Part­ner’s son ad­mits tak­ing $827,000 from law practice

Pittsburgh Post-Gazette - - News obituaries - By Torsten Ove Torsten Ove:

The son of a part­ner at a Down­town bankruptcy law firm ad­mit­ted Wed­nes­day that he em­bez­zled $827,000 from the practice while work­ing as the of­fice man­ager, but he said he didn’t re­mem­ber all the de­tails be­cause he was on drugs.

An­thony Cala­iaro, 34, of Cas­tle Shan­non, pleaded guilty to bank fraud be­fore U.S. Dis­trict Judge David Cer­cone, ad­mit­ting that he forged checks on the Al­legheny Val­ley Bank busi­ness ac­count of Cala­iaro Va­len­cik and used them for him­self.

He had been in­dicted last year fol­low­ing an in­ves­ti­ga­tion by the FBI and Pitts­burgh po­lice, who got in­volved af­ter the bank han­dling the firm’s ac­count saw sus­pi­cious ac­tiv­ity and alerted the part­ners.

As­sis­tant U.S. At­tor­ney Lee Karl said Mr. Cala­iaro, son of part­ner Don­ald Cala­iaro, han­dled in­voices, checks and pay­roll, but he didn’t have sig­na­tory au­thor­ity over the busi­ness ac­count.

So he forged the name of a part­ner and made some 500 checks payable to him­self be­tween June 2014 and April 2016.

He then fal­si­fied the de­scrip­tions for the checks in the check reg­is­ter to con­ceal his thefts, mak­ing it look like the checks had been used to pay ven­dors.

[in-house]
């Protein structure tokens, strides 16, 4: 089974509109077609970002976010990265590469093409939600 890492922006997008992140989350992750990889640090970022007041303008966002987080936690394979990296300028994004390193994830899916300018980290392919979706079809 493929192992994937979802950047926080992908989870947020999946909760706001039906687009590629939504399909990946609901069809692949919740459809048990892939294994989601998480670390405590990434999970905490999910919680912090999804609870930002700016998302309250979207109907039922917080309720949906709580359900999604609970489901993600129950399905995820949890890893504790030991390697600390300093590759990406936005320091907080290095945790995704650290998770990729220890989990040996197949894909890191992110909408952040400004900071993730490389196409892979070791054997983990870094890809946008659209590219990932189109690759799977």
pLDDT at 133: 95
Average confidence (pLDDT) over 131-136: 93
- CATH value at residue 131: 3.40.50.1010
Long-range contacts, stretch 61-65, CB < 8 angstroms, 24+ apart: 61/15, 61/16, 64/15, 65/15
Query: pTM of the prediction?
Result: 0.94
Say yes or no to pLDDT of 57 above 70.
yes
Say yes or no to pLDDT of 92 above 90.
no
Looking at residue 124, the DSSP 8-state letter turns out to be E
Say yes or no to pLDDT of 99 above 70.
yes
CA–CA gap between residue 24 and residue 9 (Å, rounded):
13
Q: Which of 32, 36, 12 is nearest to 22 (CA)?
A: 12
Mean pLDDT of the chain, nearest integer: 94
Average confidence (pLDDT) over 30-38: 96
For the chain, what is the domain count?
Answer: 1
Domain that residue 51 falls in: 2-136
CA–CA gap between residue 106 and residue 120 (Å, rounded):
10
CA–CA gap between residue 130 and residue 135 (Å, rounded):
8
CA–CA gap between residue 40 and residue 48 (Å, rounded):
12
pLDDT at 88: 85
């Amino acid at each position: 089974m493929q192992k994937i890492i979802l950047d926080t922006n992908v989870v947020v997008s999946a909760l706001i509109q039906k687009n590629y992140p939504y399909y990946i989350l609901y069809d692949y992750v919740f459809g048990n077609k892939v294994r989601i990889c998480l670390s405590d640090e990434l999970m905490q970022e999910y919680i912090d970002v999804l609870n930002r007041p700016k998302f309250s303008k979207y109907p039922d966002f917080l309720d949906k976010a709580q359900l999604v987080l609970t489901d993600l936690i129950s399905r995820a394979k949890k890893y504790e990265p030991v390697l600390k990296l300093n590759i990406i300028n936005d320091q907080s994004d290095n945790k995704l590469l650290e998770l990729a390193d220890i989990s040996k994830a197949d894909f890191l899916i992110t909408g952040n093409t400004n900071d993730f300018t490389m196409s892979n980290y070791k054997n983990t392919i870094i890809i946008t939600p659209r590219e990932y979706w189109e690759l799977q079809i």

Near the end of the scheme, Mr. Cala­iaro also pre­pared six checks to­tal­ing $28,000 made payable to the law firm and drawn on the firm’s In­ter­est on Lawyers Trust Ac­count at Al­legheny Val­ley Bank.

He forged a sig­na­ture on the checks and de­posited them into the busi­ness ac­count so he could con­tinue writ­ing checks for him­self.

Af­ter Mr. Karl read a de­scrip­tion of his crimes, the judge asked Mr. Cala­iaro if he agreed. He and his lawyer, Linda Cohn, said he’d been on drugs at the time so couldn’t re­call all that had hap­pened. He had made a con­fes­sion to the FBI, ac­knowl­edg­ing that he had stolen money, but he wasn’t sure of how much he’d taken or how many checks he’d de­posited.

“I just don’t re­mem­ber,” he told the judge.

“He was sur­prised at the amount,” Ms. Cohn said.

No one from the law firm was in court, and Mr. Cala­iaro’s father did not ap­pear. But the firm had pre­vi­ously said in a state­ment that it co­op­er­ated with the FBI and that its clients did not lose any money.

Judge Cer­cone set sen­tenc­ing for June 22.

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